Hall divorced Fiske in the 1970s, created Lyman Hall, Inc. (after a collateral ancestor who was a signer of the Declaration of Independence) to run the Quarry Hill property, and took the name Barbara Fiske Calhoun after her second marriage in the 1990s.
One of her “Pat Parker, War Nurse” stories was reprinted recently in Divas, Dames & Daredevils: Lost Heroines of Golden Age Comics edited by Mike Madrid.
EH! #4 (June 1954)Art by Fred Ottenheimer

EH! #4 (June 1954)
Art by Fred Ottenheimer

FLIP #1 (April 1954)Cover Art by Howard Nostrand & Bob Powell 

FLIP #1 (April 1954)
Cover Art by Howard Nostrand & Bob Powell 

YOUNG MEN Vol.2, #24 (Dec. 1953)Art by John Romita Sr. & Mort Lawrence

YOUNG MEN Vol.2, #24 (Dec. 1953)
Art by John Romita Sr. & Mort Lawrence

BUGHOUSE #2 (May 1954)

BUGHOUSE #2 (May 1954)

seanhowe:

Patsy Walker Comics #19, 1948.

seanhowe:

Patsy Walker Comics #19, 1948.

NUTS #1 (March 1954)

NUTS #1 (March 1954)

"TALES FROM AESOP’S STABLES"CRAZY #7 (July 1954)By Howie Post

"TALES FROM AESOP’S STABLES"
CRAZY #7 (July 1954)
By Howie Post

FLIP #2 (June 1954)Cover Art by Howard Nostrand & Bob Powell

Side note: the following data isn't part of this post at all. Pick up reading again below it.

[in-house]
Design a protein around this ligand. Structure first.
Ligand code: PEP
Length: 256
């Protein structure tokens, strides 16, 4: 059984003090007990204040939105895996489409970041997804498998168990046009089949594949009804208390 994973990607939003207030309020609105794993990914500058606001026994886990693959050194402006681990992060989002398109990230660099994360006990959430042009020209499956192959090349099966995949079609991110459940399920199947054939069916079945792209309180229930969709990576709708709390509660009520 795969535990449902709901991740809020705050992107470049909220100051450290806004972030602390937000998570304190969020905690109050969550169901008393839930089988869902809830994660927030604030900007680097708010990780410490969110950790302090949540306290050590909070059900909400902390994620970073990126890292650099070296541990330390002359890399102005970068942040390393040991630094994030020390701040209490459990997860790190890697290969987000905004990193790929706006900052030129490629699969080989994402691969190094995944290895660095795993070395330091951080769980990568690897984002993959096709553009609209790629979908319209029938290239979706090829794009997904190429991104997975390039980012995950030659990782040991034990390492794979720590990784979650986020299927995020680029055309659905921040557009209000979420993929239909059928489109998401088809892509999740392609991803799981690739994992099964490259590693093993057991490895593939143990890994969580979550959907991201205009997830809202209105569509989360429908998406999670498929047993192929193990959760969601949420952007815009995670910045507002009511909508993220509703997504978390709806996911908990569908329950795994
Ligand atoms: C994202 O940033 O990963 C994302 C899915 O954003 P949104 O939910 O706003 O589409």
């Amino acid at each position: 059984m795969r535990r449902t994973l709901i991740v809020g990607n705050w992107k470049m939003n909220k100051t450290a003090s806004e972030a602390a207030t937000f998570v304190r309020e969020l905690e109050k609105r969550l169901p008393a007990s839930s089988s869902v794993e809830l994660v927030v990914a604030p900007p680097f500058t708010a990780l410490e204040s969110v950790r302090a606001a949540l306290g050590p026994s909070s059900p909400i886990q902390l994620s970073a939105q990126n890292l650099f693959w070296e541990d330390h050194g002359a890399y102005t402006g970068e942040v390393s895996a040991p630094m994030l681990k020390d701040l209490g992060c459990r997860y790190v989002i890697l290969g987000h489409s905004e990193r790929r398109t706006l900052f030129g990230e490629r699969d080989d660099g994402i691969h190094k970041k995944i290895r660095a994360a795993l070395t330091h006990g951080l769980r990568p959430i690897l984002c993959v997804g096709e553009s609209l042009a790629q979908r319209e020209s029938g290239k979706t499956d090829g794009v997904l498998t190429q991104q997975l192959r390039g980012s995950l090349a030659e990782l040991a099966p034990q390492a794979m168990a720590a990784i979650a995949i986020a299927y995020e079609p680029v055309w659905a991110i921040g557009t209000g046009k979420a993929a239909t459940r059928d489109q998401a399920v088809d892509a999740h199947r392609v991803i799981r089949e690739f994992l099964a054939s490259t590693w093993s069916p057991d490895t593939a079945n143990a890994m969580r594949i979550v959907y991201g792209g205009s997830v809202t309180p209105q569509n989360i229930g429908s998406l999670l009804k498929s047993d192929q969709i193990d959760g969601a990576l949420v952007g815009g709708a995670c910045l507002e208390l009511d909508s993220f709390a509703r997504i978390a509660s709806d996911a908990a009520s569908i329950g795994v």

FLIP #2 (June 1954)
Cover Art by Howard Nostrand & Bob Powell 

NUTZ #1 (March 1954)"Marvin’s Monster"By Hy Fleishman

NUTZ #1 (March 1954)
"Marvin’s Monster"
By Hy Fleishman

JOURNEY INTO MYSTERY #62 (Nov.1960)Cover Art by Jack Kirby & Steve Ditko

JOURNEY INTO MYSTERY #62 (Nov.1960)
Cover Art by Jack Kirby & Steve Ditko

Cap & BuckyYOUNG MEN Vol.2, #24 (Dec. 1953)Art by John Romita Sr. & Mort Lawrence

Cap & Bucky
YOUNG MEN Vol.2, #24 (Dec. 1953)
Art by John Romita Sr. & Mort Lawrence

joshwinchester:

There will never be another age like the Golden Age!
joshwinchester:

There will never be another age like the Golden Age!
joshwinchester:

There will never be another age like the Golden Age!
joshwinchester:

There will never be another age like the Golden Age!
joshwinchester:

There will never be another age like the Golden Age!
joshwinchester:

There will never be another age like the Golden Age!
joshwinchester:

There will never be another age like the Golden Age!
joshwinchester:

There will never be another age like the Golden Age!
joshwinchester:

There will never be another age like the Golden Age!